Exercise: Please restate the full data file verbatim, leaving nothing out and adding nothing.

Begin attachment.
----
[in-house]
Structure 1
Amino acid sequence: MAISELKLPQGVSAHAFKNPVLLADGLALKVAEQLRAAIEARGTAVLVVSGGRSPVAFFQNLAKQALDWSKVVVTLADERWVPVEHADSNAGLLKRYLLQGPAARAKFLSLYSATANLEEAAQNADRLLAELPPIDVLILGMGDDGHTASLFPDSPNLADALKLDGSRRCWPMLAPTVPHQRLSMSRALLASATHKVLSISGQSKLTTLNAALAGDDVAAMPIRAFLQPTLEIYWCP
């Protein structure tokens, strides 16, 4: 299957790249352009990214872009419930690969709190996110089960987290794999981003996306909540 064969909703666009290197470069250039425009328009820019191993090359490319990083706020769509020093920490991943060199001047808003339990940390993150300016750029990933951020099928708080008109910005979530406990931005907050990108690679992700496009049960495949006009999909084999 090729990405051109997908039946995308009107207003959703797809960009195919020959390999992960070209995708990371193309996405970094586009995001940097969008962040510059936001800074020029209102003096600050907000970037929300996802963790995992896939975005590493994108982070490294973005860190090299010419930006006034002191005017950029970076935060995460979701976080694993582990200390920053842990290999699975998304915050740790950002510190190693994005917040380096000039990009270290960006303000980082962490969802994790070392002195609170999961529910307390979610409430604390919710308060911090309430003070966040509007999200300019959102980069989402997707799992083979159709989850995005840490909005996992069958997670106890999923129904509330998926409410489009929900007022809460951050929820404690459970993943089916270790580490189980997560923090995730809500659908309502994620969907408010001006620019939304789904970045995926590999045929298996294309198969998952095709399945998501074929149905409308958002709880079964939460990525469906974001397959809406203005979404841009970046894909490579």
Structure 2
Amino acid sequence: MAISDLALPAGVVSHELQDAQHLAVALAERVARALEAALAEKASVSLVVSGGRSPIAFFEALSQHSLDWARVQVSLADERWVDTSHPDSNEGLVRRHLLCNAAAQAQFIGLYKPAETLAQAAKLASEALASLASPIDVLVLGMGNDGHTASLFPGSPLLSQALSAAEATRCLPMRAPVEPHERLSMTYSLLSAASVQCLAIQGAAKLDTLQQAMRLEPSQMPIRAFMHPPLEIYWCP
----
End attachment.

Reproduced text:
[in-house]
Structure 1
Amino acid sequence: MAISELKLPQGVSAHAFKNPVLLADGLALKVAEQLRAAIEARGTAVLVVSGGRSPVAFFQNLAKQALDWSKVVVTLADERWVPVEHADSNAGLLKRYLLQGPAARAKFLSLYSATANLEEAAQNADRLLAELPPIDVLILGMGDDGHTASLFPDSPNLADALKLDGSRRCWPMLAPTVPHQRLSMSRALLASATHKVLSISGQSKLTTLNAALAGDDVAAMPIRAFLQPTLEIYWCP
């Protein structure tokens, strides 16, 4: 299957790249352009990214872009419930690969709190996110089960987290794999981003996306909540 064969909703666009290197470069250039425009328009820019191993090359490319990083706020769509020093920490991943060199001047808003339990940390993150300016750029990933951020099928708080008109910005979530406990931005907050990108690679992700496009049960495949006009999909084999 090729990405051109997908039946995308009107207003959703797809960009195919020959390999992960070209995708990371193309996405970094586009995001940097969008962040510059936001800074020029209102003096600050907000970037929300996802963790995992896939975005590493994108982070490294973005860190090299010419930006006034002191005017950029970076935060995460979701976080694993582990200390920053842990290999699975998304915050740790950002510190190693994005917040380096000039990009270290960006303000980082962490969802994790070392002195609170999961529910307390979610409430604390919710308060911090309430003070966040509007999200300019959102980069989402997707799992083979159709989850995005840490909005996992069958997670106890999923129904509330998926409410489009929900007022809460951050929820404690459970993943089916270790580490189980997560923090995730809500659908309502994620969907408010001006620019939304789904970045995926590999045929298996294309198969998952095709399945998501074929149905409308958002709880079964939460990525469906974001397959809406203005979404841009970046894909490579």
Structure 2
Amino acid sequence: MAISDLALPAGVVSHELQDAQHLAVALAERVARALEAALAEKASVSLVVSGGRSPIAFFEALSQHSLDWARVQVSLADERWVDTSHPDSNEGLVRRHLLCNAAAQAQFIGLYKPAETLAQAAKLASEALASLASPIDVLVLGMGNDGHTASLFPGSPLLSQALSAAEATRCLPMRAPVEPHERLSMTYSLLSAASVQCLAIQGAAKLDTLQQAMRLEPSQMPIRAFMHPPLEIYWCP